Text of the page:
6. Privacy Applications
PGP, or Pretty Good Privacy, is a system that uses public/private keys as a means for encryption and message verification via signatures. By using the public key of your recipient, you can encrypt a message (or file) so that only the intended receiver can read the message. Also, by using your own private key, you can create a signature that cannot be faked, which serves as a means of authenticating a message and detecting forged messages.
A 30-day trial version can be found here:http://www.pgp.com/downloads/desktoptrial.php
After 30 days, Trial Software reverts to the functionality available in what used to be called PGP Freeware, or you can simply not enter the trial code and use the freeware functionality from the beginning.
by bmn edited by JMGullett
last modified: 2007-06-06 14:21:56
The short answer is that the Hosts file is like an address book. When you type an address like www.yahoo.com into your browser, the Hosts file is consulted to see if you have the IP address for Yahoo. If you do, then your computer will "call it," and the site will open. If not, your computer will ask your ISP's (Internet service provider) DNS Server (domain name services) for the IP address before it can "call" that site. Most of the time, you do not have addresses in your "address book" because you have not put any there. Therefore, most of the time your computer asks for the IP address from your ISP to find sites.
If you put ad server names into your Hosts file with your own computer's IP address, your computer will try to connect to your own computer each time it's pointed to that ad server, and since there's no ad on your own computer, nothing is displayed, nor will any tracking take place.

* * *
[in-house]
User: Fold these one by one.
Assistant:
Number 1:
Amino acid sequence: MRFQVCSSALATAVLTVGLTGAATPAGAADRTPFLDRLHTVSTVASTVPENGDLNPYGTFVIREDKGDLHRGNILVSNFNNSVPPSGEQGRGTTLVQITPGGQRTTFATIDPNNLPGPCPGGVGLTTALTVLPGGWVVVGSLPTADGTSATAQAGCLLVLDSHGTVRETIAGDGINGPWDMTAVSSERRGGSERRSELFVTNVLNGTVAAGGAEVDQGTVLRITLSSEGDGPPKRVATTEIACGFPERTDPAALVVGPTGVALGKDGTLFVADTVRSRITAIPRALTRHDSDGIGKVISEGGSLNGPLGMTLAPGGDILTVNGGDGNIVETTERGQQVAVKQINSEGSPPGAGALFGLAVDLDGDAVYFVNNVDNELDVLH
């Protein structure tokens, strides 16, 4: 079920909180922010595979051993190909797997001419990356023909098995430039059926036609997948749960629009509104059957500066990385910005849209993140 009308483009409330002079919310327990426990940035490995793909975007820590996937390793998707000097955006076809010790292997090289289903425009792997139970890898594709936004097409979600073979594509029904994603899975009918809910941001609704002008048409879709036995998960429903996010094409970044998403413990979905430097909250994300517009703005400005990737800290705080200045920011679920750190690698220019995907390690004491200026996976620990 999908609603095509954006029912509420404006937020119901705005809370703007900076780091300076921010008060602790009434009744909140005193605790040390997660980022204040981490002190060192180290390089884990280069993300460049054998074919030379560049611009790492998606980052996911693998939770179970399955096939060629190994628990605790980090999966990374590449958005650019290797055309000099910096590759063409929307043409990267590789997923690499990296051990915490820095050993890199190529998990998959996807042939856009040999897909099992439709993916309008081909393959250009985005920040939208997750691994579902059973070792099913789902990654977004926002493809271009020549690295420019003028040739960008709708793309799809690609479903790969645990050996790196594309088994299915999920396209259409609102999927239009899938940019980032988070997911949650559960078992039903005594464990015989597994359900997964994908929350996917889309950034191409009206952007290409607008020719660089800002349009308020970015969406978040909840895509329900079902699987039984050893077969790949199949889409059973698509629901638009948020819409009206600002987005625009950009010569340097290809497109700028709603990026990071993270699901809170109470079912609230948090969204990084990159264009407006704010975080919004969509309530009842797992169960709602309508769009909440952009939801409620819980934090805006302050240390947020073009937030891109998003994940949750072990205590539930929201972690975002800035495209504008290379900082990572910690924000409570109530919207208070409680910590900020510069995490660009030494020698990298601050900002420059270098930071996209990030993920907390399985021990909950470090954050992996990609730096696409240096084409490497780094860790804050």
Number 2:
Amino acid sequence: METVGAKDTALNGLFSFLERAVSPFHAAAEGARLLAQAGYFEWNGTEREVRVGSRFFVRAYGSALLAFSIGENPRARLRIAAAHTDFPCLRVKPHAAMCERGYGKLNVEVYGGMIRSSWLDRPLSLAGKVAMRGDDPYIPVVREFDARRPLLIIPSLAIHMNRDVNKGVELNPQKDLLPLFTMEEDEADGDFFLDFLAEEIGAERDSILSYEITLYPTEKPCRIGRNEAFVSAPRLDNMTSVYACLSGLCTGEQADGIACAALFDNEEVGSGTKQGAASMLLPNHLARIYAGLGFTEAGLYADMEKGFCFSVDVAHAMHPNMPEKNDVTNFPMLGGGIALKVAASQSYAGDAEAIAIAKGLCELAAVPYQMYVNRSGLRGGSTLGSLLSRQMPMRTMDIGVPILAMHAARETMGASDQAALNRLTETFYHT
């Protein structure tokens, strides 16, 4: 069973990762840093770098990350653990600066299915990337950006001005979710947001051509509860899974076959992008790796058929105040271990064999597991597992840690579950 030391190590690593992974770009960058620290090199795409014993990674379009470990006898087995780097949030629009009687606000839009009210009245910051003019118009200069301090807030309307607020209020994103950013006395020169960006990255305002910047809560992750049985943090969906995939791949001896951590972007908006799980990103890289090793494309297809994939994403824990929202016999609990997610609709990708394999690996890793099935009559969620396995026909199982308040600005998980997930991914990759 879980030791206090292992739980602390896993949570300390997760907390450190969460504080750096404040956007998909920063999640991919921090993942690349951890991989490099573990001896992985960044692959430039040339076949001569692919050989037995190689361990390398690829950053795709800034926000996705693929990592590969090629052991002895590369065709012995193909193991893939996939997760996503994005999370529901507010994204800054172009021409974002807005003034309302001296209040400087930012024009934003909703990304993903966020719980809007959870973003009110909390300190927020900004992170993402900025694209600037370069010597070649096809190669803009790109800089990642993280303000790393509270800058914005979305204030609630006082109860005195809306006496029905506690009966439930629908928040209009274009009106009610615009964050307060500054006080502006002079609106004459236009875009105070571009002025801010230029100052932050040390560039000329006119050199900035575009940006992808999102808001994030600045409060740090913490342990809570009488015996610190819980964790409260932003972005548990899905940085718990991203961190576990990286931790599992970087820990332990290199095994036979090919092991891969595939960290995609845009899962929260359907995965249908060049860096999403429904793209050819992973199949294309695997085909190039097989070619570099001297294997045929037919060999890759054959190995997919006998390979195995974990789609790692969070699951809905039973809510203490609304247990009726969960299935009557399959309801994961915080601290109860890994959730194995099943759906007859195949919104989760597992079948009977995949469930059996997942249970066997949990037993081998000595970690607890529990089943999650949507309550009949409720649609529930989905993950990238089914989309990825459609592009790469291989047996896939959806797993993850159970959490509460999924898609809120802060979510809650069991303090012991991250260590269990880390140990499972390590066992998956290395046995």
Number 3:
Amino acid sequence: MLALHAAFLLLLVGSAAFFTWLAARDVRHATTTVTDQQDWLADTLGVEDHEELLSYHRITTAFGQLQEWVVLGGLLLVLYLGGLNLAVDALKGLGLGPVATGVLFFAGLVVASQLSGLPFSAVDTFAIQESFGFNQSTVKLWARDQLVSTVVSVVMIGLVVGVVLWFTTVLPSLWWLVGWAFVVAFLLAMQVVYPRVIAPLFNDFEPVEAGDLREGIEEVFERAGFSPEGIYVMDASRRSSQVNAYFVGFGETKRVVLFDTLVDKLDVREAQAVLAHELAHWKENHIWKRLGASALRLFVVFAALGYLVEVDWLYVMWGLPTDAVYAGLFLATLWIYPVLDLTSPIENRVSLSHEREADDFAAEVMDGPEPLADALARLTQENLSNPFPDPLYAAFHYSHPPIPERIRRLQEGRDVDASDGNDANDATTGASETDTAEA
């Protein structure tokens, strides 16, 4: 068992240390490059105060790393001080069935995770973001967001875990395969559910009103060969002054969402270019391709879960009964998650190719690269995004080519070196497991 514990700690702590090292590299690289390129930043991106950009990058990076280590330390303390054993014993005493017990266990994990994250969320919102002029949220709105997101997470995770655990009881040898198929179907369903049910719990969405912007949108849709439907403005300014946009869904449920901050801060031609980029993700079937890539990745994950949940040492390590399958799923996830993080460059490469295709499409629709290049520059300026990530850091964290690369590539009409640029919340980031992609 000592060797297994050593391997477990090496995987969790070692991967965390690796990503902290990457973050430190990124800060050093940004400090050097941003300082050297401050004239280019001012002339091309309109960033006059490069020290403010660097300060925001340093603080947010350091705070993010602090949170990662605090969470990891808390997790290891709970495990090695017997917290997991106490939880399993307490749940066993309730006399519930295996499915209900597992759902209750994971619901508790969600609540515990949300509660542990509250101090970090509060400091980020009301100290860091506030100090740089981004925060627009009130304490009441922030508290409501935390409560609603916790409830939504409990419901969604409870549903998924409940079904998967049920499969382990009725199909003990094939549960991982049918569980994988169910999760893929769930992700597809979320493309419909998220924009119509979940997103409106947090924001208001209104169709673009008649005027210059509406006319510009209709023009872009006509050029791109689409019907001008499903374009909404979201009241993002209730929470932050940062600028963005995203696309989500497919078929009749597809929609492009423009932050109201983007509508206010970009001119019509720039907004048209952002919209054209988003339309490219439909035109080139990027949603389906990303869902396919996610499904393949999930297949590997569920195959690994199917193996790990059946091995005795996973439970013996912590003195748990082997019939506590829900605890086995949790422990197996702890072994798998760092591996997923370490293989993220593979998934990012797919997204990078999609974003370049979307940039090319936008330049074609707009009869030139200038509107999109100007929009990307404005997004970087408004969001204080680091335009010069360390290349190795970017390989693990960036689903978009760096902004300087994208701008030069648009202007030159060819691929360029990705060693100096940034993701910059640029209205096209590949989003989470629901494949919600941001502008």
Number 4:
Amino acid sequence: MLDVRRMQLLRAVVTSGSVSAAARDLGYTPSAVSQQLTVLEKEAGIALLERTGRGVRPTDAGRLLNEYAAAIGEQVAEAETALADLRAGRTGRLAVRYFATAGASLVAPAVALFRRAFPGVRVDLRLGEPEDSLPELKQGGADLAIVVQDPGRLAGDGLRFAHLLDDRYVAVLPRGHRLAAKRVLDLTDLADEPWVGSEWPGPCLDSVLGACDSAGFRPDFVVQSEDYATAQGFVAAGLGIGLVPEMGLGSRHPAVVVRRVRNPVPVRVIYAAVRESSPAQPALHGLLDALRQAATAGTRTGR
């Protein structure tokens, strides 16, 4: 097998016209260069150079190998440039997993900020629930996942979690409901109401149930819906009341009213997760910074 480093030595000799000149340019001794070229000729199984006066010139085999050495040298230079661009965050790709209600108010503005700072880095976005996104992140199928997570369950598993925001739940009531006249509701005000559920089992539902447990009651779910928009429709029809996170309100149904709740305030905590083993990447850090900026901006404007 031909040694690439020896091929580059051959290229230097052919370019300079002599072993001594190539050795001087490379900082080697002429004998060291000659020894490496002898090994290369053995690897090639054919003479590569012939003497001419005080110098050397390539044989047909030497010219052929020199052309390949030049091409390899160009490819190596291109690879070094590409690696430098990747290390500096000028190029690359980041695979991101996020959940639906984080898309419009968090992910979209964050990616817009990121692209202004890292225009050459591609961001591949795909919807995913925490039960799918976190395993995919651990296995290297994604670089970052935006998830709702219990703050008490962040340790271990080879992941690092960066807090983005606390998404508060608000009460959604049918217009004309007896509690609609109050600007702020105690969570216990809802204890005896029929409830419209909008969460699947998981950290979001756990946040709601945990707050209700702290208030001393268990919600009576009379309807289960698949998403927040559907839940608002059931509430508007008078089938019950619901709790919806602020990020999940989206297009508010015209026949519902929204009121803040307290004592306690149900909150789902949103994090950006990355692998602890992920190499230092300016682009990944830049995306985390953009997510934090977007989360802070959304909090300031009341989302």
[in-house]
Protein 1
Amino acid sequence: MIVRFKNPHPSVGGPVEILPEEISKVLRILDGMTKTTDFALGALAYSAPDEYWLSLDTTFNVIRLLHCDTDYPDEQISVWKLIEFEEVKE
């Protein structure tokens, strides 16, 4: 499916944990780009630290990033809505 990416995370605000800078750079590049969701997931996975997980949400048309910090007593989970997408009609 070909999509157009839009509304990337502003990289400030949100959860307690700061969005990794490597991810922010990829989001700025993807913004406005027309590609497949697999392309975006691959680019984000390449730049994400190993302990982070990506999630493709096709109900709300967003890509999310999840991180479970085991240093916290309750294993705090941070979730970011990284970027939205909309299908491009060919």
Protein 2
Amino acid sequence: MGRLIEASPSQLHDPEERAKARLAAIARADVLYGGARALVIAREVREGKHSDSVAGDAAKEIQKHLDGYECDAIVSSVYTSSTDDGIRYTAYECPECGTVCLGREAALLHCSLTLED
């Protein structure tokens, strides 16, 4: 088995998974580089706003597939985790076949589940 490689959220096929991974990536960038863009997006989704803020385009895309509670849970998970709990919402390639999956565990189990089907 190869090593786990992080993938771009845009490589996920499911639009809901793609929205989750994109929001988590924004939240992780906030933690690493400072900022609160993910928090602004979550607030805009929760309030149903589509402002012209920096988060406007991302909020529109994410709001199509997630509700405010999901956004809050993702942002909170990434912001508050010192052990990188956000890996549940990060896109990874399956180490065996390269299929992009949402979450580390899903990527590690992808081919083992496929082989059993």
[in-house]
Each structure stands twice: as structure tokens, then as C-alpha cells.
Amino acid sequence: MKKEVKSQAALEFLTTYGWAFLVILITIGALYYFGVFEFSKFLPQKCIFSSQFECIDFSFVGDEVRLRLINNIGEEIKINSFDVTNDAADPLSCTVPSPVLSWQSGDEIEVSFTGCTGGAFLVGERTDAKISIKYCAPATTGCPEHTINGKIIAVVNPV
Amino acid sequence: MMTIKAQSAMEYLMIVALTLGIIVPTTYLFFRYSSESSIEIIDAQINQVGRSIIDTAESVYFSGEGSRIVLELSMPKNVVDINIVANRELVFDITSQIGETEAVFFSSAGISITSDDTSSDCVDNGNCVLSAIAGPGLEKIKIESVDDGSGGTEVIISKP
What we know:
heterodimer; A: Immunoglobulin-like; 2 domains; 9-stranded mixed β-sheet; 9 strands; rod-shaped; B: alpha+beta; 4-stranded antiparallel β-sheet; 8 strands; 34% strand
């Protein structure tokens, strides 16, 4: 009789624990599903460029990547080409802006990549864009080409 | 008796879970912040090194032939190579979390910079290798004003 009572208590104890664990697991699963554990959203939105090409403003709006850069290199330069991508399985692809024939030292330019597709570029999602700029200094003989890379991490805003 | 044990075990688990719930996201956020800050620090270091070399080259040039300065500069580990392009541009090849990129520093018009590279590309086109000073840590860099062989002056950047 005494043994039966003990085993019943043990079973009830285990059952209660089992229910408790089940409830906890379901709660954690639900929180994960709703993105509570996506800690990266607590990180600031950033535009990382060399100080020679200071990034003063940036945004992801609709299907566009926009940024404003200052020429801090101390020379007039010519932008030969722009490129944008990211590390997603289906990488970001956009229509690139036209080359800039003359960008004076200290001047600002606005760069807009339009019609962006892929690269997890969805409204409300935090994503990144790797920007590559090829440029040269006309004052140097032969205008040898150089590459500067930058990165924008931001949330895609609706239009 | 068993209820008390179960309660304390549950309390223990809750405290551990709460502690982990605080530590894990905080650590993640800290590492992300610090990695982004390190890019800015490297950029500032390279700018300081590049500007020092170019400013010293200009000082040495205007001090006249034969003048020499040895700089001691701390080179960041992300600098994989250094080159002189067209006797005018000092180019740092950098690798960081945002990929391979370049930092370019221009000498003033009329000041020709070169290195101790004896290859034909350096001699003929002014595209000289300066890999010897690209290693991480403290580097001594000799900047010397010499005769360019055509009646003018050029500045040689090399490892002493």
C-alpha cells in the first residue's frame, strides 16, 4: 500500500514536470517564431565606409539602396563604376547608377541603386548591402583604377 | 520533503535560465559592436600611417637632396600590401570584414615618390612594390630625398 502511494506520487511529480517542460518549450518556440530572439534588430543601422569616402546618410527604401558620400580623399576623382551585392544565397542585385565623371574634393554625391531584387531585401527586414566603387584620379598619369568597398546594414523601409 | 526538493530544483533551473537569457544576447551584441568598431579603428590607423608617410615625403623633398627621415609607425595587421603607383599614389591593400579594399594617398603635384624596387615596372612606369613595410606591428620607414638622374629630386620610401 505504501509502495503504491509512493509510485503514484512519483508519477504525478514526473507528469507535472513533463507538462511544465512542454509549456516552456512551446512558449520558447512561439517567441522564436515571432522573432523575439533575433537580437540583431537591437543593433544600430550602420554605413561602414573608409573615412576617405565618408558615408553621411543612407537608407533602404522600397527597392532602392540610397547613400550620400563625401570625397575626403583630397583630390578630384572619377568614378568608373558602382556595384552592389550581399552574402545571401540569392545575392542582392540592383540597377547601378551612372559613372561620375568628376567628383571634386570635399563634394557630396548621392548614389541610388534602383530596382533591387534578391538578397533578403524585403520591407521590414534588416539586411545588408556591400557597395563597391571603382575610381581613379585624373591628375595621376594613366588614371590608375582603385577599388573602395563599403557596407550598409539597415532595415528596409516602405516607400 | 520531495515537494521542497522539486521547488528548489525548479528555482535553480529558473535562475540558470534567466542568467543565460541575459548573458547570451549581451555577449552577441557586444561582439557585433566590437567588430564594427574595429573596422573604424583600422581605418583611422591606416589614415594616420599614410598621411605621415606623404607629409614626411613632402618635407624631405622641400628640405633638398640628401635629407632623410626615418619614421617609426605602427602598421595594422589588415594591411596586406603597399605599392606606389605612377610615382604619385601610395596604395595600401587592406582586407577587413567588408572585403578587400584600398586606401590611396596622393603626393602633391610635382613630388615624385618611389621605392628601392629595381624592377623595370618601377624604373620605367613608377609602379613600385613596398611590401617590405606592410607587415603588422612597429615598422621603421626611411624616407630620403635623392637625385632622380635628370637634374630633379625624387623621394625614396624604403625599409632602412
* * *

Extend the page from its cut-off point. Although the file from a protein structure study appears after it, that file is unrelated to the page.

Your choices for blocking sites are not just limited to blocking ad servers. You may block sites that serve advertisements, sites that serve objectionable content or any other site you choose to block.
You can read more about the Hosts file and how it works here
. Download (eDexter
) to make browsing with the Hosts file smoother, faster and easier.
Here are two different Hosts files (updated frequently):hpguru's Hosts fileMVPS Hosts file
by Lucif4 edited by JMGullett
last modified: 2007-06-06 14:41:30
Ad-aware is a small and easy-to-use program that will scan your system for known adware/spyware and allows you to safely remove them from your system.
During the process, Ad-aware scans your memory, registry and file system for known modules. If a related module is found in your memory, it means the spyware was active until Ad-aware detected and unloaded the particular module.
In short: Ad-aware helps you get rid of spyware.
Get it here: »www.lavasoft.com/products/ad_aware_free.php050302-100
by Lucif4 edited by CalamityJane
last modified: 2008-11-19 19:07:05
A Web Bug is a graphic on a web page or in an email message that is designed to monitor who is reading the web page or email message. Web Bugs are typically only 1-by-1 pixel in size and are often invisible. They are represented as HTML IMG tags.
Below is an example of a Web Bug found on Quicken's website (www.quicken.com):
img src="http://ad.doubleclick.net/ad/pixel.quicken/NEW" width=1 height=1 border=0
by Lucif4 edited by JMGullett
last modified: 2007-06-06 14:26:42
This is an excellent question and one that comes up in the Security Forum on a regular basis.
The endless list of new anti-spyware programs and utilities seems to grow each day, which can be confusing for everyone from new users to the experts who may have a hard time keeping up with that list.
Eric L. Howes, developer of IE-SPYAD, has compiled a marvelous "Rogue/Suspect" list for reference that is sure to help: Rogue/Suspect Anti-Spyware Products & Websites
said by Eric L. Howes:
Note: "Rogue/Suspect" means that these products are of unknown, questionable or dubious value as anti-spyware protection. Some of these products simply do not provide proven, reliable anti-spyware protection. Others may use unfair, deceptive, high-pressure sales tactics and false positives to scare up sales from gullible, confused users. A very few of these products are either associated with known distributors of spyware/adware or have been known to install spyware/adware themselves.
Copyright 2003-2004 Eric L. Howes
by Sparrow edited by JMGullett
last modified: 2007-06-06 14:32:27